II. Moving Time: a Millennium Ride

The title of this work is a play on the word “time.” Although the term “from time to time” usually refers to something that occurs occasionally or infrequently, it implies a different meaning here. The real idea behind this two-movement, American-folksong fantasy would be conveyed by a literal but clumsy title such as From Past Times to Future Times. In short, From Time to Time is about memories and movement.

Written as part of my residency with the Richmond Symphony, and on the cusp of our new century, this piece draws upon elements of Virginia’s history and two memorable Appalachian folksongs, Black Is the Color of My True Love’s Hair and Shenandoah.

The first movement, Once upon a Time: Crosscurrents Remembered, summons images of past memories. It encompasses a trajectory from conflict and hostility to resolution and affection. It exploits allusions to Marvin Hamlisch’s expressive popular song The Way We Were, where a melodic pattern on the words “[Mem’ries] light the corners of my mind” is identical to the same melodic fragment on the words “and the prettiest of hands” from the folksong Black Is the Color of My True Love’s Hair. This melodic fragment is a generative thematic source throughout the first movement.

The second movement, Moving Time: a Millennium Ride, transforms the folksong Shenandoah into a buoyant and celebratory expression of hope for the new century. In both movements, we hear, at first, only folk tune fragments that are fused with original melodic material. After substantial development, the orchestra extracts and assembles these fragments into complete folksong settings. By emphasizing development that precedes and subsequently leads to complete thematic statements, the formal design reverses the traditional order of theme and variation.
—Anthony Iannaccone

Wed. January 14th, 2015

JunYi Chow, Serenade (2014).
Serenade describes the inner feeling of the author’s nostalgia, especially the sound of the rainforest – the breeze, the dew, insects, etc. Born and grown up in Malaysia, the author was exposed to multi-cultural music from Eastern to Western. In Serenade, the author has combined different elements and techniques, including the pentatonic and Gamelan’s Pelog scales, the bi-tonal quality by using the advantage of orchestration, the use of Malay’s tune in the ending section and the imitation of Rabab’s (Malay string instrument) performing technique.

Wed. Oct. 29, 2014

Composer Ljova (Lev Zhurbin)
Hailed by the New York Times as “dizzyingly versatile… an eclectic with an ear for texture… strikingly original and soulful”, LJOVA (Lev Zhurbin) was born in 1978 in Moscow, Russia, and moved to New York with his parents, composer Alexander Zhurbin and writer Irena Ginzburg, in 1990. He divides his time between composing for the concert stage, contemporary dance & film, leading his own ensemble LJOVA AND THE KONTRABAND, as well as a busy career as a freelance violist, violinist & musical arranger. Among recent projects is a string quartet for Brooklyn Rider and a commission for Yo-Yo Ma and the Silk Road Project, arrangements for the Brooklyn Philharmonic, tenor Javier Camarena, conductor Alondra de la Parra, the Mexican songwriter Natalia Lafourcade, composer/guitarist Gustavo Santaolalla, The Knights, and collaborations with choreographers Aszure Barton, Damian Woetzel, Christopher Wheeldon and Eduardo Vilaro (with Ballet Hispanico).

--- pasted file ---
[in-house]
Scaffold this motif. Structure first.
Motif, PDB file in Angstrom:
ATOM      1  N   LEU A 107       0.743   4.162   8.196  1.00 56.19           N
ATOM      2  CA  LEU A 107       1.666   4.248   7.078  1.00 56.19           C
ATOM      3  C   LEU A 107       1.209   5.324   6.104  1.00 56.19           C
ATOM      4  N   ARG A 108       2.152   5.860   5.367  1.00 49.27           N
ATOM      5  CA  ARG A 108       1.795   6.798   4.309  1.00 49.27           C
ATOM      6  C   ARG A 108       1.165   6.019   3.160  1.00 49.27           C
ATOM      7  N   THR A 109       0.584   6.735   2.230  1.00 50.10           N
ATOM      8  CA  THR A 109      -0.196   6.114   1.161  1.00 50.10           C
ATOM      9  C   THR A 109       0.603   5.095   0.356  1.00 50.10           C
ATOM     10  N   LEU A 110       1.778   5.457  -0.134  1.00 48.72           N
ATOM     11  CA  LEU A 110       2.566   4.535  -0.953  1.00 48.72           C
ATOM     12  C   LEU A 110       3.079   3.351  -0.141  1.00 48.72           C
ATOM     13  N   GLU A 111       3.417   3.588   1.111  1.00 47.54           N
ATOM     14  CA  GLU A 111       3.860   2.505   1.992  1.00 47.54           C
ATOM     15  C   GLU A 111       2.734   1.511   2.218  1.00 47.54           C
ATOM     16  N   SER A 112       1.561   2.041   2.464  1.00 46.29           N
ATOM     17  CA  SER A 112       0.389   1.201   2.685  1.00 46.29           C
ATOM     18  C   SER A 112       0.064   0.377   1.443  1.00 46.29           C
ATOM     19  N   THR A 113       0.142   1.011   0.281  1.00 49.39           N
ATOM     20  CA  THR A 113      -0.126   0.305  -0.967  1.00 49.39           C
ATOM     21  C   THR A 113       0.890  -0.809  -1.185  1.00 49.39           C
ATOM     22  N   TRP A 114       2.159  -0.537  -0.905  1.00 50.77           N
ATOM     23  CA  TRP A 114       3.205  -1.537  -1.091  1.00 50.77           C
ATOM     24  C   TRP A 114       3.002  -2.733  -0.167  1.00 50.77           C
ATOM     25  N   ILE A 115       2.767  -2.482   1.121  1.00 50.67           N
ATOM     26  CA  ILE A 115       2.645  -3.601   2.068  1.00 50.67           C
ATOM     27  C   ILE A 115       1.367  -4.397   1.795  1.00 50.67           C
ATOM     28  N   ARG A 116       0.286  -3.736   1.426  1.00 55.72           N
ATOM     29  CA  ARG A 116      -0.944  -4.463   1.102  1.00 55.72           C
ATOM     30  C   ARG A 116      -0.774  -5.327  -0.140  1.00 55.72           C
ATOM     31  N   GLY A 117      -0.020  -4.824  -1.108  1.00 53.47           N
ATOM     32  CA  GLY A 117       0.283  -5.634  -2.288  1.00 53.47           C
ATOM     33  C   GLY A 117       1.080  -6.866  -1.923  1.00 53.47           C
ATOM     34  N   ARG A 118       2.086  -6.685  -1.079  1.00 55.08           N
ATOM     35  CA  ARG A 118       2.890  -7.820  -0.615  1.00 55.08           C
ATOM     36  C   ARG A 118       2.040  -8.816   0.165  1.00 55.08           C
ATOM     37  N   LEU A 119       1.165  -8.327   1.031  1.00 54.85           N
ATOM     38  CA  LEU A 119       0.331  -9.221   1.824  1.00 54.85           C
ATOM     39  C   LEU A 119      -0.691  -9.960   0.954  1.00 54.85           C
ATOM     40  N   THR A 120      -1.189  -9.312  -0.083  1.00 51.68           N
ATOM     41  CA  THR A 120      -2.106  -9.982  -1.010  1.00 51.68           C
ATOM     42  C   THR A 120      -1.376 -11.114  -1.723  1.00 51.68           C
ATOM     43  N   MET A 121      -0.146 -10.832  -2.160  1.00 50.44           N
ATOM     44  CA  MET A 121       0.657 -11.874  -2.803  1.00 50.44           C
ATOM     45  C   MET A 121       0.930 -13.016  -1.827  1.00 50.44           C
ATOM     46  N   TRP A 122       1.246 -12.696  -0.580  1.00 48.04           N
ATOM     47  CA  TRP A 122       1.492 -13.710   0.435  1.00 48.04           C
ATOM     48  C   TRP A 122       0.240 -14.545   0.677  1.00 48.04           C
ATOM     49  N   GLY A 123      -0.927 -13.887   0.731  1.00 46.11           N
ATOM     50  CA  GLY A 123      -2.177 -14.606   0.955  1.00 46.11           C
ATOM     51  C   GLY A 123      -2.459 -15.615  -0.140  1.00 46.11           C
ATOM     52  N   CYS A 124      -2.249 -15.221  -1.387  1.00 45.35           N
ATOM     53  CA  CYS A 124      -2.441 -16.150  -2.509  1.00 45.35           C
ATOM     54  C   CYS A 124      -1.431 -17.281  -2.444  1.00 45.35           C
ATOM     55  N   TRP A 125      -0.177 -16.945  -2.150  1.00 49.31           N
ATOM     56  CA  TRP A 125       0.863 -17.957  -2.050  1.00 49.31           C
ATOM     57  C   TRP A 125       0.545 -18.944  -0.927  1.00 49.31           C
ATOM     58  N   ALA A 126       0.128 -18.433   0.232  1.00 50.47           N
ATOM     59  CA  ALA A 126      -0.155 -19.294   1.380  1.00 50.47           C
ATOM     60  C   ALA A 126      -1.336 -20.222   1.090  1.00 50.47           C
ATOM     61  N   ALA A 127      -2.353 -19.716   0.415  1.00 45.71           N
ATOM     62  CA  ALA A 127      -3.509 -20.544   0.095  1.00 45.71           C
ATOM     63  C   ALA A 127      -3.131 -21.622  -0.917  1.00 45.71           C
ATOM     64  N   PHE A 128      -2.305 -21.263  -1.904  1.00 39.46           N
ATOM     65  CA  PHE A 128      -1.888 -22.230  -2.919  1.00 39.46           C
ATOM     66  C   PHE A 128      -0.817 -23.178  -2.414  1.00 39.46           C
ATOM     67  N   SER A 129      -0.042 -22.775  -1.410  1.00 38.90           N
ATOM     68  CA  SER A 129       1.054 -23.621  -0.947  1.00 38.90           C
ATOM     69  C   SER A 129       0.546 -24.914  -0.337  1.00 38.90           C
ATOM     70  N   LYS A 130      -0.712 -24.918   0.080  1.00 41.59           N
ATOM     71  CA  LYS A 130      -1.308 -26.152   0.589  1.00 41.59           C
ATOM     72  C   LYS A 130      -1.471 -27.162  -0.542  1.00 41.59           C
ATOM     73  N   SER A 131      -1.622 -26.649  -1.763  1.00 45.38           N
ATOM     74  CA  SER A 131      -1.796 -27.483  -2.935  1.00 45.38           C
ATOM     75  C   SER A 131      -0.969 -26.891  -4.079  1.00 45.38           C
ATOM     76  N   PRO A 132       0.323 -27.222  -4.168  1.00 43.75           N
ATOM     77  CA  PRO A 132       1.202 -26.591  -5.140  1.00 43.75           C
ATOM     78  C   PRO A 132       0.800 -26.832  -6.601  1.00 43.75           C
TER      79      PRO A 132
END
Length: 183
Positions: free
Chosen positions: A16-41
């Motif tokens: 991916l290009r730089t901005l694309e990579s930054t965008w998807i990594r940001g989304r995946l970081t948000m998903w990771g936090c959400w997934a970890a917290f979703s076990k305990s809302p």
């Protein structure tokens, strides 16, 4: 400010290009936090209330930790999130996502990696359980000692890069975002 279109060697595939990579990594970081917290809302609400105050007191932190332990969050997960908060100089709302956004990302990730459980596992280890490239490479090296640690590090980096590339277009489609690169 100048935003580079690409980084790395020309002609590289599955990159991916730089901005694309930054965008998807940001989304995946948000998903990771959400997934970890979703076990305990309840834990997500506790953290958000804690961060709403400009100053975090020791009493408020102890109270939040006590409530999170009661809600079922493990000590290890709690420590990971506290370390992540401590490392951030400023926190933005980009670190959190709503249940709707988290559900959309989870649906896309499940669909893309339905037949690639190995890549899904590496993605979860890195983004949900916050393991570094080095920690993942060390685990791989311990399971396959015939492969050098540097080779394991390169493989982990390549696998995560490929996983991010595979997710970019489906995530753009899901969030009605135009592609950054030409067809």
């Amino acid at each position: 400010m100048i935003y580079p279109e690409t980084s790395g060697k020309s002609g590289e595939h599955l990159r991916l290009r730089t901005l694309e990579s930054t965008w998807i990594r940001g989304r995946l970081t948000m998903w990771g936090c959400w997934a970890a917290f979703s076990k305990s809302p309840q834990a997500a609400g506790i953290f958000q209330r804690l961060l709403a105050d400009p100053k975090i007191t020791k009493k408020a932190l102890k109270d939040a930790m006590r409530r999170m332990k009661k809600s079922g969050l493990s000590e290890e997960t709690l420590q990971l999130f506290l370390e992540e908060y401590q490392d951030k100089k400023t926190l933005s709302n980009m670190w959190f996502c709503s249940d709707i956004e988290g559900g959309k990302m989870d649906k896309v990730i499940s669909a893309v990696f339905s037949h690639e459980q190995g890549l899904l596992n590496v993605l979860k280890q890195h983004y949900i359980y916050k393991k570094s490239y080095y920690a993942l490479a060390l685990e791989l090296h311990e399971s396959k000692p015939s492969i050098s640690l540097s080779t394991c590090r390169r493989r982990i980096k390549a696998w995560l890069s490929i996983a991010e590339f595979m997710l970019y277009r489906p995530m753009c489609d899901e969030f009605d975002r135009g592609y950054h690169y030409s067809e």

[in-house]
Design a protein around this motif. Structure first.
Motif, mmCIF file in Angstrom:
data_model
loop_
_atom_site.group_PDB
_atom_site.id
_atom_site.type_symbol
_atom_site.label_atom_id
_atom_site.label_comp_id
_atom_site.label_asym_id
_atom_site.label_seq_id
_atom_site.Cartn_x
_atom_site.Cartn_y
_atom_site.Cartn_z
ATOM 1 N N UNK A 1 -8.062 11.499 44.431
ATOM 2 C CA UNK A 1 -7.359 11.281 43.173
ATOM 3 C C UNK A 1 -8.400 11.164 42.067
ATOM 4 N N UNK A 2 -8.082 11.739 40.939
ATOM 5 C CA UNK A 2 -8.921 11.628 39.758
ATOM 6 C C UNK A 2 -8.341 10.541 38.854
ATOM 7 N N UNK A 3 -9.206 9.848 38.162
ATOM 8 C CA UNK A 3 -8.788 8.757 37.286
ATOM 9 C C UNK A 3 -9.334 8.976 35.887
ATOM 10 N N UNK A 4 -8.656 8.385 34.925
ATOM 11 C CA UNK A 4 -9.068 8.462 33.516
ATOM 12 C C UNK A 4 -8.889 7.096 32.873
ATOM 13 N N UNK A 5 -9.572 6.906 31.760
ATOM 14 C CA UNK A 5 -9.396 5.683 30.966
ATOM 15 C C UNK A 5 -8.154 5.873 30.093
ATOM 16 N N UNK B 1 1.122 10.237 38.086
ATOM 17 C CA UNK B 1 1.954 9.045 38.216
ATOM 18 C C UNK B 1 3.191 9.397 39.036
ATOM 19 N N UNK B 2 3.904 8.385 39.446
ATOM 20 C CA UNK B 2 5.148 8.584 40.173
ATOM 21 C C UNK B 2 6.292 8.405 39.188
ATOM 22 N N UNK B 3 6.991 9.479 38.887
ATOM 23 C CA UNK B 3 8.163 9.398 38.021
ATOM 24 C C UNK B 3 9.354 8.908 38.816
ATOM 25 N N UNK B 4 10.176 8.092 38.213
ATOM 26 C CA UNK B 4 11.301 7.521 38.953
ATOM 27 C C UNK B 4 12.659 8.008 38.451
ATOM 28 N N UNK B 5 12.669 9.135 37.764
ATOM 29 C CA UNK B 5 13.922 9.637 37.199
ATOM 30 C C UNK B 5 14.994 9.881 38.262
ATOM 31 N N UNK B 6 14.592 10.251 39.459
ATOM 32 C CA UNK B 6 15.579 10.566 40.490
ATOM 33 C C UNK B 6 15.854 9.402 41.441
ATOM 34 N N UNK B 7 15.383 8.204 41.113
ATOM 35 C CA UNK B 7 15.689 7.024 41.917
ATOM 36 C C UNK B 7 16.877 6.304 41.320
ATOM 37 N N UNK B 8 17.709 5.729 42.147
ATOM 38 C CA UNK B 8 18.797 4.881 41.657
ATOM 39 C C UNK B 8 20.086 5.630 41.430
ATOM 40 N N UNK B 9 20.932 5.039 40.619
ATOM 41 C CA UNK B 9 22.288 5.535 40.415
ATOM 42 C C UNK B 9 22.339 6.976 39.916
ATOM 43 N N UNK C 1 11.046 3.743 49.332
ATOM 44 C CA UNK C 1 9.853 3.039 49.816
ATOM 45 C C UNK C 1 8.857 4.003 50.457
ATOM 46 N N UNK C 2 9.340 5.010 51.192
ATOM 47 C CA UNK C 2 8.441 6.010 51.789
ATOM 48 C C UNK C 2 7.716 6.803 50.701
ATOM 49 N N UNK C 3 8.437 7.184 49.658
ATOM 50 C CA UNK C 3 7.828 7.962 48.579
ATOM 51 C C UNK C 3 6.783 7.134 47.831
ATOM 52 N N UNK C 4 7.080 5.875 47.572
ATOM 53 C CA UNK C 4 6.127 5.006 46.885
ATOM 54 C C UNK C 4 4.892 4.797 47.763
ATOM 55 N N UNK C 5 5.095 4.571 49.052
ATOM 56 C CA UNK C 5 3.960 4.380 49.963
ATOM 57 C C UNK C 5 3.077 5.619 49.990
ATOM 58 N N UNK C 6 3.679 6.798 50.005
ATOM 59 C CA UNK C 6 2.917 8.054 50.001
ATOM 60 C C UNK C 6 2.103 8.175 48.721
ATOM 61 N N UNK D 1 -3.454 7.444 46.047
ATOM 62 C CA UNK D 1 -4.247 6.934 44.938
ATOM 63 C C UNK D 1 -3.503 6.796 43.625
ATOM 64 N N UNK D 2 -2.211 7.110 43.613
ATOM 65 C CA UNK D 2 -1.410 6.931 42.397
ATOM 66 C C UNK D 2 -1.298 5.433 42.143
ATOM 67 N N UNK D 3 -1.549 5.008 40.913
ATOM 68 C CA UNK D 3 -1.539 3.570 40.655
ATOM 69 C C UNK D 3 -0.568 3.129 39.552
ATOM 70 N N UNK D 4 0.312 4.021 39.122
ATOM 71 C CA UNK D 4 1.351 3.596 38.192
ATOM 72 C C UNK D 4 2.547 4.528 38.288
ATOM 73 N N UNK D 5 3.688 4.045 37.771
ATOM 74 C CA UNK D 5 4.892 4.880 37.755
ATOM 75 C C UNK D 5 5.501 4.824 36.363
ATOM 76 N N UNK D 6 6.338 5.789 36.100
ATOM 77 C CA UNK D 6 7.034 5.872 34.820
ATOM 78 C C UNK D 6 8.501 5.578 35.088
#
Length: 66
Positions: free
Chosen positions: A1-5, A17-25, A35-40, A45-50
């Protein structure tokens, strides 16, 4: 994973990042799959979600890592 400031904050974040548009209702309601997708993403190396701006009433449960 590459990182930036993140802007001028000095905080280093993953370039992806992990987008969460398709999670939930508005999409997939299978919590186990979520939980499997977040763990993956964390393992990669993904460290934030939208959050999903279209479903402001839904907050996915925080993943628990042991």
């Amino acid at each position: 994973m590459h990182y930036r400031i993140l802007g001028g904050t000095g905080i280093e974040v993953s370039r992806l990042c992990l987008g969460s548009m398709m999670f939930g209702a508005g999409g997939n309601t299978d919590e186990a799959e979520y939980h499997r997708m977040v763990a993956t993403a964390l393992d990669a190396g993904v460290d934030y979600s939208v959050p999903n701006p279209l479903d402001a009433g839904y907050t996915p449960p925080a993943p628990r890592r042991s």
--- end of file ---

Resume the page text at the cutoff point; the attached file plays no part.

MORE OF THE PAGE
The composer writes:
“Mecklenburg” refers to a very small town — really, just a few farm fields — in the Finger Lakes region of Upstate New York, just west of Ithaca. In the summer of 2013, while working on a commission from Ballet Hispanico with choreographer Eduardo Vilaro, my wife and I went to Mecklenburg to play an informal house concert. As our children pranced around the room, I began to improvise what became the beginning of “Mecklenburg” — soon the room grew very quiet and the piece was born. In the next few weeks, as the choreography evolved, so did the music. I’m very grateful to Eduardo Vilaro and Ballet Hispanico for the commission.

First performance: November 23, 2013 at The Apollo Theater, Harlem NYC
with Ljova and the Pinky Swear Brigade (Nicholas Danielson & Dana Lyn, violins; Ljova, fadolín; Adam Fisher, cello; Jordan Morton, bass)

Wed. Jan. 15, 2014

Bruce Saylor‘s music has been commissioned and premiered by the Houston, San Francisco, Saint Louis, Nashville, Yale symphonies, and the American Composers and Chicago Composers orchestras. The most recent of his five operas is “The Image Maker,” premiered by conductor Maurice Peress at Queens College’s Goldstein Theater in 2012. His new “Take Us In Hand” for chorus and orchestra will be premiered by Musica Viva of New York on March 9, 2014, Walter Klauss, conductor. Saylor is writing a new work for violinist Gil Morgenstern’s “Reflections” series. His “Missa Constantiae” will be issued by Paraclete Press this spring. Saylor teaches composition at the Aaron Copland School of Music at Queens College and at the City University of New York Graduate Center, and was recently appointed Artist in Residence at the Greek Orthodox Cathedral of the Holy Trinity in New York City.

“Cantilena” for string orchestra was finished when Saylor was 19. Quietly, successive entrances of the strings build up a contrapuntal texture of singing lines. Cross-relations offer bittersweet dissonances within the diatonic harmonic background, as the music heads towards a forte, then a pianissimo climax, before reaching the long-delayed goal of G major.

(More to come…)


Dec. 14, 2013

Ottorino Respighi (Italian 1879-1936)